If you run a business and aren’t sending Black Friday (or Cyber Monday) promotions to your list, you’re leaving a global market out in the cold. If you have an email campaign rip-roaring and ready to go just for the occasion, know this: With email volumes at an annual high during the November holidays, there’s a massive influx of competition for the coveted inbox space, and most emails will end up either in the Gmail Promotions tab or, worse yet, the dreaded spam box.
Don’t let your precious marketing emails be among them.
Task One: Avoid the Spam Box
Here are five tips to ensure your emails don’t end up cold, alone and unopened in the spam box this holiday season:
1. Don’t Use Symbols in Your ‘From’ Name
The “From” name section of your email is meant for just that — a name. Keep it simple, and use your name or your company’s name to avoid spam penalties.
2. Don’t Send Raw URLs in Your Email — Use Hyperlinks Instead
3. Send to Your Most Engaged Users First
Start by sending a broadcast email to your customers or prospects who opened your most recent email, followed by the less engaged prospects an hour or two later. This positive show of engagement from the first wave of sends will help pave the way for better delivery to your less engaged contacts.
4. Send Emails in MIME Format and Include Both a Plain Text and an HTML Version
By taking an extra moment to prepare and send both email versions (in MIME format), you’re ensuring that any contacts who cannot receive HTML emails still get the text version and are able to see your compelling offer. Skip this step and some recipients may end up just getting a blank email or a message with jumbled code.
5. Write Like a Human (Fitness Niche I’m Looking at You)
Don’t add spaces or periods in between words to try to trick spam content filters. The only difference between “fat loss” in an email and “PHATloss” or “f.a .t loss” is that one is a real word, while the others are obvious red flags to the ESPs that you’re hiding something. The major ESPs send/receive billions of emails every day; a simple change of a letter or adding a space isn’t going to trick them (anymore).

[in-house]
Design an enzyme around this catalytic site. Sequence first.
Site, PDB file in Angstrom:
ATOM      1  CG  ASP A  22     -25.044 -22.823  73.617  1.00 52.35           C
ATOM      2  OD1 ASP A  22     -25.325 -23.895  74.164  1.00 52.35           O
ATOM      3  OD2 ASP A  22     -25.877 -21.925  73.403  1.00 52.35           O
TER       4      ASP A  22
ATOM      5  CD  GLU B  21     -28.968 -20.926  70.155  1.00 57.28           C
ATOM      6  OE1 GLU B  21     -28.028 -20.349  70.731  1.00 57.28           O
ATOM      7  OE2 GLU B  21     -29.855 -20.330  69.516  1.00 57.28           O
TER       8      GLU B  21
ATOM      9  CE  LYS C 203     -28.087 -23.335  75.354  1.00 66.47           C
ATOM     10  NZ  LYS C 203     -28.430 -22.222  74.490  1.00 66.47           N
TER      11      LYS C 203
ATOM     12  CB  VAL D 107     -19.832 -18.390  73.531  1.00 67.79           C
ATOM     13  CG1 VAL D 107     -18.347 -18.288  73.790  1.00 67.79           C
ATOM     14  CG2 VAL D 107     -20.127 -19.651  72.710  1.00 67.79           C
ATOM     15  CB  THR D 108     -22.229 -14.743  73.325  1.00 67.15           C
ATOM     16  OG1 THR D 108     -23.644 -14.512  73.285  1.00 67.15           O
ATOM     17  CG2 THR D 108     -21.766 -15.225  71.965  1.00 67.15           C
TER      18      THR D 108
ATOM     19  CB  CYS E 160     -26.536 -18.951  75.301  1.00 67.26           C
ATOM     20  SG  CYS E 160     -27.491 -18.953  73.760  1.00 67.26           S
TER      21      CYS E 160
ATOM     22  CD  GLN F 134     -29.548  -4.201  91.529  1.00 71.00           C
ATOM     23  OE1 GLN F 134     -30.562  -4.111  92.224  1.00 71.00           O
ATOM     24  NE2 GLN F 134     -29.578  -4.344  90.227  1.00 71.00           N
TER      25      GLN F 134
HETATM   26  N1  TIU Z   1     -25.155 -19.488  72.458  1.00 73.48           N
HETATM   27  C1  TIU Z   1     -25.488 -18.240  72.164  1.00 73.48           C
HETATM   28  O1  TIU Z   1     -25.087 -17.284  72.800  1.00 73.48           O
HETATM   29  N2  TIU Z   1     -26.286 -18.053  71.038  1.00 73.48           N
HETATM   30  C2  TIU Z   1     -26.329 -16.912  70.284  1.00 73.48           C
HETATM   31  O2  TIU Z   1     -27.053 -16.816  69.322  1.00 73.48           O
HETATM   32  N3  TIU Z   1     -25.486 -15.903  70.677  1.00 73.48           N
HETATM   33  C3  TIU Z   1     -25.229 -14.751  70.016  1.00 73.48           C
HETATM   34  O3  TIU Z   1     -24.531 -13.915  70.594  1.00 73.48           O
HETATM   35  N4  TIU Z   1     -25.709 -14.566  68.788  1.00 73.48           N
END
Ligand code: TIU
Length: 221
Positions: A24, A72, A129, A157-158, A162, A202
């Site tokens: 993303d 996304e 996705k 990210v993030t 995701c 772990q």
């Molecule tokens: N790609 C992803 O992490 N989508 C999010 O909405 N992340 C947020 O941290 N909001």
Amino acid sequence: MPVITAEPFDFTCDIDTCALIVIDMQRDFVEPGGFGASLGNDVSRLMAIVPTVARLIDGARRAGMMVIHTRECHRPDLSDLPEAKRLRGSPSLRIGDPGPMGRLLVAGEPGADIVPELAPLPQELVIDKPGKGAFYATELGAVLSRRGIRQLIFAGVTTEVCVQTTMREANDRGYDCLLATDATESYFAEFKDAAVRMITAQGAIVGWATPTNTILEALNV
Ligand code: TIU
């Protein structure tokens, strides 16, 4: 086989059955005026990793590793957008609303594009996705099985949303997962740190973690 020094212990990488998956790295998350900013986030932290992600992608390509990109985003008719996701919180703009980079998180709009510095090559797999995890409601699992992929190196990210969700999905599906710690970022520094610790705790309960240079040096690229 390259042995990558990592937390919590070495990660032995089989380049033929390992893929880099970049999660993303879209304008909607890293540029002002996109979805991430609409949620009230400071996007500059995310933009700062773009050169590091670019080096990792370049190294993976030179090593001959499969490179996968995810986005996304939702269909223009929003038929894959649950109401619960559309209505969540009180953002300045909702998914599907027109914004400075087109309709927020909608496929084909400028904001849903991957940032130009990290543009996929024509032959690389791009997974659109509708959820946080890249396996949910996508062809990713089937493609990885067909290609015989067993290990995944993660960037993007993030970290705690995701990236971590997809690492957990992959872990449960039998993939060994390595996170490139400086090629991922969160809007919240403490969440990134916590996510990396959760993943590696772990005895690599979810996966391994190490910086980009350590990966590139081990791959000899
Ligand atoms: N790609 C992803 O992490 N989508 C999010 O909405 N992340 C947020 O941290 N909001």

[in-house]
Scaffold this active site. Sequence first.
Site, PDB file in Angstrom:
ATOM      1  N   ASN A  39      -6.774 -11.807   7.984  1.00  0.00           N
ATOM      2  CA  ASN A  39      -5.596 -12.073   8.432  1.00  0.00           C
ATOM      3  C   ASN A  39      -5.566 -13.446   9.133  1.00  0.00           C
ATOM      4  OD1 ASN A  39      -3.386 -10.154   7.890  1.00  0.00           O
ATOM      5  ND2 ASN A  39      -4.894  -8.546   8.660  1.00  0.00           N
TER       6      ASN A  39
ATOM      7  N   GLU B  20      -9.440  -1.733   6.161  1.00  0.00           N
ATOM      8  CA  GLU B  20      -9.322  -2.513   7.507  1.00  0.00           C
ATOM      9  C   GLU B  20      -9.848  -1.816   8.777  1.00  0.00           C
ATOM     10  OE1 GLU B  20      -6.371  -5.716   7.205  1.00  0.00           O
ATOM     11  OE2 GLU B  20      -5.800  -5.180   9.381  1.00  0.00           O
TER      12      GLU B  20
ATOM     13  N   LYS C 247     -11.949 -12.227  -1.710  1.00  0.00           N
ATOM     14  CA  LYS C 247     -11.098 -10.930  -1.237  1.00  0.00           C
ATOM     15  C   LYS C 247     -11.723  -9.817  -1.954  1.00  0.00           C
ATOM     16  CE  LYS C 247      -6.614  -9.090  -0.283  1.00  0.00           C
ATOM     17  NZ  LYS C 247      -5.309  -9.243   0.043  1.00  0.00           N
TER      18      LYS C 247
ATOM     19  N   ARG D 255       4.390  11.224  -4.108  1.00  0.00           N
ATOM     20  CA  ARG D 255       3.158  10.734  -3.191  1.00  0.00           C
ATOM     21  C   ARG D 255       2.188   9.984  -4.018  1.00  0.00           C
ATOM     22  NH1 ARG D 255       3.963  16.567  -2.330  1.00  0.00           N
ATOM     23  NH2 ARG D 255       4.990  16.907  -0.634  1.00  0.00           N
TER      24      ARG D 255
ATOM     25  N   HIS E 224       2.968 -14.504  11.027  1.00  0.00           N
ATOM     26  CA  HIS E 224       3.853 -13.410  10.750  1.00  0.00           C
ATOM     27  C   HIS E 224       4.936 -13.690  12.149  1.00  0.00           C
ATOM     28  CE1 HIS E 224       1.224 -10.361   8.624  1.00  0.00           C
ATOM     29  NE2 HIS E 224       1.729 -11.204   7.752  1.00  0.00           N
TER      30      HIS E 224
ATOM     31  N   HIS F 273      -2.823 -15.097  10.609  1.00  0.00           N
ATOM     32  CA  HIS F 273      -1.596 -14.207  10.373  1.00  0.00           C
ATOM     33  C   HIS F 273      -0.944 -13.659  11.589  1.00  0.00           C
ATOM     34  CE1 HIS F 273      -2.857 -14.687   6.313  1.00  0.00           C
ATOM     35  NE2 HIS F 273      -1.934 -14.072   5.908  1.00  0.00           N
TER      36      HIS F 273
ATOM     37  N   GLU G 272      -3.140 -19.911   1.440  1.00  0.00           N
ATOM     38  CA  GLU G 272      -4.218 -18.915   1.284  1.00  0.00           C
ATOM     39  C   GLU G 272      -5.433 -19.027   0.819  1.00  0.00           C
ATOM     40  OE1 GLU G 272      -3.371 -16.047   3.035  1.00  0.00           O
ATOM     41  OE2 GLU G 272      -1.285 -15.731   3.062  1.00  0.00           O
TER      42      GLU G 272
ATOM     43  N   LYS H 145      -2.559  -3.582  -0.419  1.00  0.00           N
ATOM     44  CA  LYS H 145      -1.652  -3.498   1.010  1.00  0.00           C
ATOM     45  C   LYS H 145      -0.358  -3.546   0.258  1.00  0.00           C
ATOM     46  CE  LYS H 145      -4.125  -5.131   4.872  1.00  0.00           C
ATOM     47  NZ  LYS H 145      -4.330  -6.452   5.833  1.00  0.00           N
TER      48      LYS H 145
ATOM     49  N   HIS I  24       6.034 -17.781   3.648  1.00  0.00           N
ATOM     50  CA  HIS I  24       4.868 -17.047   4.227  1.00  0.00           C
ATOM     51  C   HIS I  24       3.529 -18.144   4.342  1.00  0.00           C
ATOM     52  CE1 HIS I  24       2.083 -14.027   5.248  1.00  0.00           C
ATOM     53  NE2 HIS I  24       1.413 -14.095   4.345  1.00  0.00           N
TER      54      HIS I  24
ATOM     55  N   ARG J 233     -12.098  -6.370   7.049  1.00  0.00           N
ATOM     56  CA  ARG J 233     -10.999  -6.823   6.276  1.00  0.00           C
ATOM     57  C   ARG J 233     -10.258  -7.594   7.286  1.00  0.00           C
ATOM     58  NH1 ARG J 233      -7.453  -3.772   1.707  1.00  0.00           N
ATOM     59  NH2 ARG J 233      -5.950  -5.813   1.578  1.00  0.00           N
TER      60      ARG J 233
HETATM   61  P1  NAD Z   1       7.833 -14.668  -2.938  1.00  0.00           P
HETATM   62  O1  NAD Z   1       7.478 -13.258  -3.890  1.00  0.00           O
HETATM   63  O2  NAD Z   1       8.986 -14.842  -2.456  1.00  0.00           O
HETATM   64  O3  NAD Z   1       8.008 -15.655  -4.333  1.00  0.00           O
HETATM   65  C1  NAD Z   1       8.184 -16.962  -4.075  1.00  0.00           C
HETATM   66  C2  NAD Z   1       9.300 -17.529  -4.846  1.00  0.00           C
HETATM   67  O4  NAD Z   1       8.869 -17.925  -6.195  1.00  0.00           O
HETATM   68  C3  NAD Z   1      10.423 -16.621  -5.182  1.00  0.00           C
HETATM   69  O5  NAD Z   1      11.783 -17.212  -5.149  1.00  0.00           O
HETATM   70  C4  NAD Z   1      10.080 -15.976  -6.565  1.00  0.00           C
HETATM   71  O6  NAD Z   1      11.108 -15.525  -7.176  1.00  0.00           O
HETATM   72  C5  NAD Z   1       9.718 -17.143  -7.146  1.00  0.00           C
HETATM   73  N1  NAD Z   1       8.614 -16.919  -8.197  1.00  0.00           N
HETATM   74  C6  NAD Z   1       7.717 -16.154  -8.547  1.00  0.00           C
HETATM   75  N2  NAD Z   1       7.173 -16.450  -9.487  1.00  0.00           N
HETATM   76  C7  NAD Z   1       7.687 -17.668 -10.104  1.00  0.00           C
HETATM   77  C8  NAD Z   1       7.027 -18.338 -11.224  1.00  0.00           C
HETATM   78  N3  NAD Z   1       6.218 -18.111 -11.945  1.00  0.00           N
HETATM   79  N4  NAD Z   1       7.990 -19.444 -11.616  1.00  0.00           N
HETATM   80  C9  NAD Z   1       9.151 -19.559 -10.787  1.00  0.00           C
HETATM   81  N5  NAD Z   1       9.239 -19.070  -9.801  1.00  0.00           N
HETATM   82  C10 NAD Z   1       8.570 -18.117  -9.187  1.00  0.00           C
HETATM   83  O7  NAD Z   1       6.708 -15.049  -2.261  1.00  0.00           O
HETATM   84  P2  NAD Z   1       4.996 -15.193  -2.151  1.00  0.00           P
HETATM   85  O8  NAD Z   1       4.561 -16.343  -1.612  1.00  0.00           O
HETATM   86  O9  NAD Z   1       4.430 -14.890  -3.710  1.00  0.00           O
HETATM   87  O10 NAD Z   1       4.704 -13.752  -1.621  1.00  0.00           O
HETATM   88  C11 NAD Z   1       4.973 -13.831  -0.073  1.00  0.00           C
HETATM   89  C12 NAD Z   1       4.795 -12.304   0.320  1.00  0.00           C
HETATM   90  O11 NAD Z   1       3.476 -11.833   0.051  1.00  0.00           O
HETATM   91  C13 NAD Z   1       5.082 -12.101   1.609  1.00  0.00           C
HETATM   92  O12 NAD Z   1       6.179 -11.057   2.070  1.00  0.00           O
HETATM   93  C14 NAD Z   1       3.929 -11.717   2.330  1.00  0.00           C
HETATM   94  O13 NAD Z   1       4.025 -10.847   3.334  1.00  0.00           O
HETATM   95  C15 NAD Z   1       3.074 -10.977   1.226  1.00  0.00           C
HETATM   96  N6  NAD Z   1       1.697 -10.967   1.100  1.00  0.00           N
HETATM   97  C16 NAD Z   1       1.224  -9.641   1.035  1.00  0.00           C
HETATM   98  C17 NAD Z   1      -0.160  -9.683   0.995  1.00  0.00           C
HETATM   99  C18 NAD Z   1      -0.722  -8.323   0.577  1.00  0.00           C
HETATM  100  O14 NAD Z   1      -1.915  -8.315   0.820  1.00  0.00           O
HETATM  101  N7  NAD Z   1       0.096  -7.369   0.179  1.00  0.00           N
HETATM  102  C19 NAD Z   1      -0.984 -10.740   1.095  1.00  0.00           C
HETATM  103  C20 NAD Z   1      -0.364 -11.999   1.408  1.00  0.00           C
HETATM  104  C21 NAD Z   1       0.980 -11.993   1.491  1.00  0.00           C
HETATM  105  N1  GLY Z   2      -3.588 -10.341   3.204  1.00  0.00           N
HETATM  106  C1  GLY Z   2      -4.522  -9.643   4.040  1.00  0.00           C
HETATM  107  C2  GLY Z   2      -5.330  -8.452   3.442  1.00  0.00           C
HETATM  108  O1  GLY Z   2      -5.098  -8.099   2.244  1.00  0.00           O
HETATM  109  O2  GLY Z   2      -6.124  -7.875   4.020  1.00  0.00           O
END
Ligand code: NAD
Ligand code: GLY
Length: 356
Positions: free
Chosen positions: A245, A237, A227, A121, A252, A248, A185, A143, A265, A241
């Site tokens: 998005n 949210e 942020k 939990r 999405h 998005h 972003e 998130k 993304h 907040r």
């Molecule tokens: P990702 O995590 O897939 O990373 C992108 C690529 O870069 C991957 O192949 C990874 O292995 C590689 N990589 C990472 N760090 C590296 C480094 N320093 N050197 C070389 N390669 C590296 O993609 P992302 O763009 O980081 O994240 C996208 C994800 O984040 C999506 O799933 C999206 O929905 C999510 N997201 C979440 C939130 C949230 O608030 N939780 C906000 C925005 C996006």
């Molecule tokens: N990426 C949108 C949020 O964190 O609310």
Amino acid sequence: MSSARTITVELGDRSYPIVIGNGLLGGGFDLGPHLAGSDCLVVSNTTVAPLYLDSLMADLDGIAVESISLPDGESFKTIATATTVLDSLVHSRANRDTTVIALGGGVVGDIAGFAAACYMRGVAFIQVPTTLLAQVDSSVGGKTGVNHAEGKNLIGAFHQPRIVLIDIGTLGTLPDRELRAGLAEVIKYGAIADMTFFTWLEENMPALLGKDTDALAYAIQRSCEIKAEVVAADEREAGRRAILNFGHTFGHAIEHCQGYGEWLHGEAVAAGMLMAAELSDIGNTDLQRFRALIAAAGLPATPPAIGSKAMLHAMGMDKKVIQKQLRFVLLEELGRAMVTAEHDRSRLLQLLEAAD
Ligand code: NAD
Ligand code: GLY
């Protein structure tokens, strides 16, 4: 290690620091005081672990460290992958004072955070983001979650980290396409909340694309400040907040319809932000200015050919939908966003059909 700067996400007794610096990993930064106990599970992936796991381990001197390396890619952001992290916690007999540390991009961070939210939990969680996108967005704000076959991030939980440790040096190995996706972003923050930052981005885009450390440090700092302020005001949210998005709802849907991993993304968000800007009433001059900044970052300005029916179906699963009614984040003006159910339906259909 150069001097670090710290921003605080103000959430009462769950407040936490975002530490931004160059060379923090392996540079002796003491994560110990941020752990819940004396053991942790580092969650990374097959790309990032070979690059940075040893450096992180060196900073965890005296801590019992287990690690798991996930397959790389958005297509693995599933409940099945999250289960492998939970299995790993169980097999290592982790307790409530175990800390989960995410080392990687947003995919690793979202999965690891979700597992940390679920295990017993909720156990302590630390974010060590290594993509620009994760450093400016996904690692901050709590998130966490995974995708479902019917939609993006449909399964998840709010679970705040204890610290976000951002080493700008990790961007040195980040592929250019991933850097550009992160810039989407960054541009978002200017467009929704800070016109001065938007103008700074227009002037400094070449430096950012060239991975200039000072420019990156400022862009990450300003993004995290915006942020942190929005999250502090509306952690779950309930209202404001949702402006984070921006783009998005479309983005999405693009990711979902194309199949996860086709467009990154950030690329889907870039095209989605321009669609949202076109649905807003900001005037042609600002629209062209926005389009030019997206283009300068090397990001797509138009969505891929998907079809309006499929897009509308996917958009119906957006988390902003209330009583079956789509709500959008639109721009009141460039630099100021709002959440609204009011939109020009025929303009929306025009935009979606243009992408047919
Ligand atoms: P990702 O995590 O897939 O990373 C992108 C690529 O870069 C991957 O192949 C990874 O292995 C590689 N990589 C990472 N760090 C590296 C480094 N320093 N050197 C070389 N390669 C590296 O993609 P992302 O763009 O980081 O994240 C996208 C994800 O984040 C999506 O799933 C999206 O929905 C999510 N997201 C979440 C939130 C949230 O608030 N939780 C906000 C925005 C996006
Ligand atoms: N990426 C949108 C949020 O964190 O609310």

Congrats! You’ve dodged the spam box — the first hurdle.
Task Two: Avoid the Gmail Promotions Tab
A typical entrepreneur’s email list consists of at least 30% Gmail or Google Apps users, opening the doors to a major opportunity for you to compete with the juggernauts of the retail and service world.
What most marketers don’t realize is that landing in the Gmail Promotions tab rather than the inbox decimates their open and conversion rates. Armed with the knowledge that most of the bigger companies don’t even reach the inbox, there are a few things you can do to avoid being bundled in with the rest of the marketers and steer clear of the Promotions tab.
1. Keep the Links in Your Email to a Minimum
2. Make Your Images a Reasonable Size
Yes, images can help your email look awesome, but did you know that large images negatively affect your delivery rates? Try to keep your image size below 140 KB when sending email. Adobe Photoshop, Pixlr, and Image Optimizer are readily available tools to resize your images to the ideal size.
3. Ask Readers to Respond To or Forward Your Message
When a recipient performs these actions, it’s a positive display of engagement with your emails in the eyes of the ESPs, thus increasing the likelihood of getting your emails to their inbox in the future.
4. Leave Out Social Media Links
This will have two benefits – one is that you’ll likely place in the primary box rather than the promotions folder. The other is that your readers won’t be as overwhelmed because your call to action won’t be caught up in a flurry of other links for your reader to click on. Save the Facebook “like” request for another day.
5. Make Sure Your Emails are Mobile-Responsive
This one should go without saying, but your emails must be mobile-responsive. If you’re an ONTRAPORT user, create your email using one of our beautiful ONTRAmail templates and you’ll be covered. Over 66% of email is read on mobile devices now, according to the latest US Consumer Device Preference Report.